Home » Mobile Learning
Category Archives: Mobile Learning
I was recently asked to present some information to a committee about mobile devices in the future of teaching and learning. I made this into a ‘top 20’ list of things that mobile devices can be used for in education, starting with the more obvious and working towards the more interesting.
1. As a mobile web device for access to information
2. As a 24/7 anywhere any time learning device
3. As a support device for organising learning tasks and schedules
4. As a multimedia presentation device
5. As a data capture/ recording device for classroom, homework and field work
6. As a classroom memory (store files, photos of whiteboards, videos of talks etc.)
7. As a sharing device for showing and distributing work
8. As a creative device for capturing, editing and transforming digital material
9. As a host for specific apps for different subject areas
10. As a communications device for collaborative learning (e.g. Twitter, Google Drive)
11. As a feedback device (e.g. live classroom polling)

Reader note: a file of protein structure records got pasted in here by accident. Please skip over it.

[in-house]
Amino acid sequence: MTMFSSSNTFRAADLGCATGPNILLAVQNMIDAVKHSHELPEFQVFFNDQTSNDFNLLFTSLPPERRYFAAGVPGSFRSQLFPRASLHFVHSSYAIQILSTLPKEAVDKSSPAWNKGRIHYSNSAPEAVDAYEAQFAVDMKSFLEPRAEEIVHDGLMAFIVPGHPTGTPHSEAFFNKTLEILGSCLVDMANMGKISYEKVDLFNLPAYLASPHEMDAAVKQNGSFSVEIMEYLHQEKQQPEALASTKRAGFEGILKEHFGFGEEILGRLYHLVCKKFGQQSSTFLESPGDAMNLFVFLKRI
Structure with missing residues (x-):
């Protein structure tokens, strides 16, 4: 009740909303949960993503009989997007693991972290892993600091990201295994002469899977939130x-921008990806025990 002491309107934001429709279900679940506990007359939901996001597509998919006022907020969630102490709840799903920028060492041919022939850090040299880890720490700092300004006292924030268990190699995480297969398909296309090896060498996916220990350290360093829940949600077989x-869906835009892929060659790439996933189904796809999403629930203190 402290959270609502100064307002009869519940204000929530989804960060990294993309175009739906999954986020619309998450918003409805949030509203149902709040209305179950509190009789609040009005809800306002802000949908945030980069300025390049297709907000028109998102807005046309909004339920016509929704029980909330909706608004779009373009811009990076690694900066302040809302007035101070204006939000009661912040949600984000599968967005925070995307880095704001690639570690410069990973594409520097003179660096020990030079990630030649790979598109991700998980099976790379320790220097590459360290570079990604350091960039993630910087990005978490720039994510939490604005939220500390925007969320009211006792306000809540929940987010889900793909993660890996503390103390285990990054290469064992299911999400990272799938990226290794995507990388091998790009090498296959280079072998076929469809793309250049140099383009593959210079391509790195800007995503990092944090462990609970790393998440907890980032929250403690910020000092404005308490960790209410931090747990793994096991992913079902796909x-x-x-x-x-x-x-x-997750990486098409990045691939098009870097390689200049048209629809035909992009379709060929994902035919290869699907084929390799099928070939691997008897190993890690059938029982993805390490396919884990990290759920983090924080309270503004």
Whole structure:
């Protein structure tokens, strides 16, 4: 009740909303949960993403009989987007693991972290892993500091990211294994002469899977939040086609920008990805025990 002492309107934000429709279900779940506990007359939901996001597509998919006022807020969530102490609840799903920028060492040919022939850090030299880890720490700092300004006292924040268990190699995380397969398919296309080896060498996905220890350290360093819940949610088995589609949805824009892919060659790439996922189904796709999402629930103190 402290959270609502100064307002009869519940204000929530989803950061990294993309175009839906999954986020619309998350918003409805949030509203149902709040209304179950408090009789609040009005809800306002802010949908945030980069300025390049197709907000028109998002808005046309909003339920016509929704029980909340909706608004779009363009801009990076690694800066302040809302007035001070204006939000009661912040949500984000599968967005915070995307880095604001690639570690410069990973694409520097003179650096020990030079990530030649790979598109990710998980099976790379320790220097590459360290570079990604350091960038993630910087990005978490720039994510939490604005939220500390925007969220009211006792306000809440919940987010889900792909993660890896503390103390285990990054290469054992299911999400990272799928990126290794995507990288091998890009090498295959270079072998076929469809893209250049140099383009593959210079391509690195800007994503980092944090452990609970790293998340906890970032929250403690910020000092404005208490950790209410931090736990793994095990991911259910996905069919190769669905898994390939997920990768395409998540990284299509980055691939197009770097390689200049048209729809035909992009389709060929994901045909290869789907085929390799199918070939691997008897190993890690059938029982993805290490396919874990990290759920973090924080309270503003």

12. As a support device (task support in situ)
13. As an assessment device (questioning, submitting work, creating assignments)
14. As a tool with sensors (location, accelerometer, gyroscope, compass, weather, luminance etc.)
15. As a scanning device (RFID, bar codes)
16. As a guidance device (geocaching, geotagging)
17. As a testing device for student created apps
18. As a contextual device (location and content aware – learning content tailored to place)
19. As an augmentation device (augmented reality)
20. As an appropriated device (ownership, personalisation)
I’ve just attended the ‘through the Looking glass’ conference at Orewa College, which is in the second year using of student owned one-to-one digital devices in all classes. Some interesting themes are emerging, including:
- use of one-to-one devices is becoming ‘normal’
- teachers are becoming familiar with the boundaries between use of digital devices, and situations where more traditional tools and materials are still more appropriate (e.g. music manuscript books)
- There is a point where the students have had enough use of digital devices and just want to get on with the activity.
- on-line videos of instruction (preferably made by the students and teachers) are enabling not only ‘flipped classrooms’ but a more fluid model of teaching where no teacher to class presentations are required. Teaching becomes one to one
- some teachers are embracing public tools from the students’ own lives like Facebook. others have reservations about this approach. Choice of tools is an ongoing debate and exploration.
Overall, the process involves finding out how one-to-one devices can be made to work in all subjects for all types of student. The staff and students at Orewa are making good progress on that journey.